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Jain weddings are simple and sanctified. Read on to explore the rituals and customs of a typical Jain Marriage Ceremony.

Jain Wedding Rituals

Like other Indian Weddings, Jain weddings are also very ritualistic. They are followed through a series of pre-wedding, wedding and post wedding rituals. The Jain weddings are very simple and sanctified without any extravagance. A typical Jain wedding is solemnized after a series of rituals like Phere, Havan and Granthi Bandhan. If you are keen about knowing the entire rituals of a Jain Marriage ceremony, you can go through the article given below.

Kanyavaran is the official beginning of a Jain marriage ceremony. In the Kanyavaran or kanyapradan ceremony, the bride's parents or the uncle places a one rupee and twenty-five paise and rice on the bride's right hand. Then the bride is handed over to the bridegroom. The bride's father also makes a public proclamation of the marriage in front of the assembled guests. While chanting the mantras, the priest pours water on the hands of the bridegroom and bride thrice.

Granthi Bandhan
Kanyavaran is followed by the Granthi Bandhan ritual, in which a married woman ties the groom's shawl with one end of the bride's sari pallu. It is accompanied by the reciting of mantras. It is actually the custom of preparing the bride and groom for the next important ritual �phere� which they perform around the sacred fire, tied in this nuptial knot.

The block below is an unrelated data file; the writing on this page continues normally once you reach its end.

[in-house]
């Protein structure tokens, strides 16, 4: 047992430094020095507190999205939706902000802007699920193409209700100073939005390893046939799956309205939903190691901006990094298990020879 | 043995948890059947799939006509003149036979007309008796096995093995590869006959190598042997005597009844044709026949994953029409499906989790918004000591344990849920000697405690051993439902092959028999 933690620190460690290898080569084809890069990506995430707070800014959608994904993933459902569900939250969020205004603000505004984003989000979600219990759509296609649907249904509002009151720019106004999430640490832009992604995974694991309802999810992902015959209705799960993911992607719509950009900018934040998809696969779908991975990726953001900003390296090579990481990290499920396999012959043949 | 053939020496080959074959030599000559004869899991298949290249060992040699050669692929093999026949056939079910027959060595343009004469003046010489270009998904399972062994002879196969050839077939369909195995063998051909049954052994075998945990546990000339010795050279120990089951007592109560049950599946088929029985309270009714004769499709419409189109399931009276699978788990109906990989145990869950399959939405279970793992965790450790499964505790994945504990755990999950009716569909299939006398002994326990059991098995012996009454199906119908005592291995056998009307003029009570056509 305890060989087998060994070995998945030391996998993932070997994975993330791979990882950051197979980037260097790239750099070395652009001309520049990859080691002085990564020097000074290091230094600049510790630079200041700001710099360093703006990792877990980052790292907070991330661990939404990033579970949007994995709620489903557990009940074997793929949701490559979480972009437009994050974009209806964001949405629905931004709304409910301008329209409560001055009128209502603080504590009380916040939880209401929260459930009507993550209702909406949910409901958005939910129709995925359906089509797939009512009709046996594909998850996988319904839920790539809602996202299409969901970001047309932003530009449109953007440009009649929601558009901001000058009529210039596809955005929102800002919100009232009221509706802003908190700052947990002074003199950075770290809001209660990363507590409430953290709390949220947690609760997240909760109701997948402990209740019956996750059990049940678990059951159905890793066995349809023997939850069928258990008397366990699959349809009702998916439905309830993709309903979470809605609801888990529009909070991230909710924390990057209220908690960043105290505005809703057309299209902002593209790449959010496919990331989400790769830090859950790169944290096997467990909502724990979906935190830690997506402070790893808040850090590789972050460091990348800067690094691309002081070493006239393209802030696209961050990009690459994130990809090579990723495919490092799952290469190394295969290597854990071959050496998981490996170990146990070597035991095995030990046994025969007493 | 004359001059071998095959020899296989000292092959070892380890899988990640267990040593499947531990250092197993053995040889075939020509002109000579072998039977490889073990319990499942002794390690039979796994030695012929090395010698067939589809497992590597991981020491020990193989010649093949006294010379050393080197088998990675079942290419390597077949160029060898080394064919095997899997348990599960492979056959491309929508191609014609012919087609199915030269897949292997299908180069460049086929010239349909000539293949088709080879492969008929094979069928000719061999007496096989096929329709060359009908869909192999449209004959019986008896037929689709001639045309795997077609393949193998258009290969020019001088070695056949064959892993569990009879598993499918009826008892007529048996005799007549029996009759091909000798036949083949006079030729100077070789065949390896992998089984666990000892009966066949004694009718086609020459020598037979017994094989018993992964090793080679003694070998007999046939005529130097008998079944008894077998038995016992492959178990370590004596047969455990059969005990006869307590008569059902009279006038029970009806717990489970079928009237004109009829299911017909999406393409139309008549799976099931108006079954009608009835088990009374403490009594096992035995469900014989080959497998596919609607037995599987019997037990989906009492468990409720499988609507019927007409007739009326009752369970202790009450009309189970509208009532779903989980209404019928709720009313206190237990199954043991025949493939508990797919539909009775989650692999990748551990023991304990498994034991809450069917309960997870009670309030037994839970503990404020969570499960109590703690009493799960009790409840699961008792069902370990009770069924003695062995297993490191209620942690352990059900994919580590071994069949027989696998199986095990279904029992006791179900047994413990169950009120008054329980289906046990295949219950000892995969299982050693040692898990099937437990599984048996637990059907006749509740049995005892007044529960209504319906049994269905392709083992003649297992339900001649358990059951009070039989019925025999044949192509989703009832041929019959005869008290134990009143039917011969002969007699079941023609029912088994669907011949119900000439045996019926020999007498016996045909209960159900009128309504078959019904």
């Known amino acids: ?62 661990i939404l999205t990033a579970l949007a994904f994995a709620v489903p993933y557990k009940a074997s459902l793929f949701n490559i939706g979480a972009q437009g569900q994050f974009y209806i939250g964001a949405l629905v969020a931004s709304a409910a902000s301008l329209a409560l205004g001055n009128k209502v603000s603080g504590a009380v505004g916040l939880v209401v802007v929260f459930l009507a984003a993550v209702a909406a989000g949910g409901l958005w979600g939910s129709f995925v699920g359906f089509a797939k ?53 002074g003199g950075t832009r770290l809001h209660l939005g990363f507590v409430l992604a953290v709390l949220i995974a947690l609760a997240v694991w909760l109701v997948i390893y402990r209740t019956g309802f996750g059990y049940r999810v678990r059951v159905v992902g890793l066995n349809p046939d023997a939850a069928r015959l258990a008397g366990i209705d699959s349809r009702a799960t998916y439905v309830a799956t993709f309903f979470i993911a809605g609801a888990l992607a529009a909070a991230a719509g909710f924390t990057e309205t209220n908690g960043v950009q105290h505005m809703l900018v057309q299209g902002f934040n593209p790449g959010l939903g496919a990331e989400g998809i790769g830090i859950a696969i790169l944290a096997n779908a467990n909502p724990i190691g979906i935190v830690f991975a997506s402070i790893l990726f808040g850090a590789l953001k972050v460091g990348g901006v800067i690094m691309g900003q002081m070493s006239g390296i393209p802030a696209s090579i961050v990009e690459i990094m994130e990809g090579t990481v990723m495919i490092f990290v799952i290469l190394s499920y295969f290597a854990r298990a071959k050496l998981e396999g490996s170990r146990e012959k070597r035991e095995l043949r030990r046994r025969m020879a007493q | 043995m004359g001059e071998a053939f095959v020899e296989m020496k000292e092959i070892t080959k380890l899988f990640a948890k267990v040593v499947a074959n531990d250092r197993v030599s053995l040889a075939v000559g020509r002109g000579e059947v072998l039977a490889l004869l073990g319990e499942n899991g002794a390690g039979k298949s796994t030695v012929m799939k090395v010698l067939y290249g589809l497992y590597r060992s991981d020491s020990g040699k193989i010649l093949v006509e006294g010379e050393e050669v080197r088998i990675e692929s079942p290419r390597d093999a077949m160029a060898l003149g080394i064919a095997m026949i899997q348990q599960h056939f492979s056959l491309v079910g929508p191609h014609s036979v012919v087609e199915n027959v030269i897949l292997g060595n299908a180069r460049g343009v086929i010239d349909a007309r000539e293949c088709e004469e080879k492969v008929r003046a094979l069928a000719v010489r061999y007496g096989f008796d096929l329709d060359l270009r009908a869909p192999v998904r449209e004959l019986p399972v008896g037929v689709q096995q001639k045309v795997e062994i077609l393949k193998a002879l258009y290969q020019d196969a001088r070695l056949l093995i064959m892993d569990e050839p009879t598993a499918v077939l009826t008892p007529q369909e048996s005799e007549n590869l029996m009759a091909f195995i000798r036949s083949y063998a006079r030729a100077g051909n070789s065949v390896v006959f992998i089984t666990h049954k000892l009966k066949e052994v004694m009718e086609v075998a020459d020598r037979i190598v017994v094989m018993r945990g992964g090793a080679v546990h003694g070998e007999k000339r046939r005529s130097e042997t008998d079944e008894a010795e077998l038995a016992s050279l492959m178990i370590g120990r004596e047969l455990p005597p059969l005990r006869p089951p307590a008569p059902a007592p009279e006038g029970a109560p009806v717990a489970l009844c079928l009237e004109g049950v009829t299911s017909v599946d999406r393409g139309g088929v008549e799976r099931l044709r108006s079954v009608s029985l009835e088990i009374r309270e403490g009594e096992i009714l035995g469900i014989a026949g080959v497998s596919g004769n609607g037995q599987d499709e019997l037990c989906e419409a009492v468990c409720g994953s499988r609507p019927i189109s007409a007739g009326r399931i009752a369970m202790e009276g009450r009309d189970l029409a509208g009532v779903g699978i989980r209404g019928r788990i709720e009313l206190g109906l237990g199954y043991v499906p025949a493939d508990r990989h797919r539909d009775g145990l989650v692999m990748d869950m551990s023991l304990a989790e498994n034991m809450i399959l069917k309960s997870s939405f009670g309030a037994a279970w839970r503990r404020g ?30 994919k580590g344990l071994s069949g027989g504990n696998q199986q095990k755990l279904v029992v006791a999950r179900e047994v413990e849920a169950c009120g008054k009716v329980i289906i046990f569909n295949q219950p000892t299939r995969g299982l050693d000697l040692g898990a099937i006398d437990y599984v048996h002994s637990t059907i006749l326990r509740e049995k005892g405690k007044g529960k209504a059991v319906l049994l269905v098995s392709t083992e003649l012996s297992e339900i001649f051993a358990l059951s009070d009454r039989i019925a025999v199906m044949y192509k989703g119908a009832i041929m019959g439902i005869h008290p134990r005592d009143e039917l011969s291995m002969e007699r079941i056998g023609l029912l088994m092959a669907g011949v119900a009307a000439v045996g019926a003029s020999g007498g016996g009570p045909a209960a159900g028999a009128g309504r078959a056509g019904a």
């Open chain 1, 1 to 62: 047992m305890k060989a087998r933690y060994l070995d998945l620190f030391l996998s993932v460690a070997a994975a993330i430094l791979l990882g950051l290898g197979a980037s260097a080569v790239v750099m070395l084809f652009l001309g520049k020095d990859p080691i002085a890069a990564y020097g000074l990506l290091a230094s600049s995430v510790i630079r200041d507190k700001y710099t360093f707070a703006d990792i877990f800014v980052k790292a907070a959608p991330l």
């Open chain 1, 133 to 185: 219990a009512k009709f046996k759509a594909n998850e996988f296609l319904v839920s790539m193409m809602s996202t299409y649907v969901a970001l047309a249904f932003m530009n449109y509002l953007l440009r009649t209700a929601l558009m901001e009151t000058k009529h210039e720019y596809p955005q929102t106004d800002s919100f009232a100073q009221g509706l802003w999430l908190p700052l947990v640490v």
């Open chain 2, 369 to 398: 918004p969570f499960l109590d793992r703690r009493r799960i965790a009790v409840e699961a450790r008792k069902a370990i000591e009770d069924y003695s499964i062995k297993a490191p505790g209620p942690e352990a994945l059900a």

In any Indian marriage, phere is considered to be the most important ritual, without which the marriage is incomplete. For the conduct of phere, an auspicious time is selected days before the ceremony. At the decided time, the couple takes four rounds around the sacred fire. The bride leads in the first round. Thereafter, they exchange their positions and take other three rounds around the havankund (sacred fire). The recitation of Mahaveerakshak stoot takes place in the background.

Mangal Geet
During the Phere, the ladies sing Mangal geet and make merriment. After the phere, the couple takes seven vows. After taking the vows, the bride is seated on the left side of bridegroom. The bride is then called vamangi, which symbolizes that she has become the better half of her husband. It is followed by the exchanging of garlands between the bride and groom. The marriage is solemnized with the end of havan by Shanipath and Visarjan.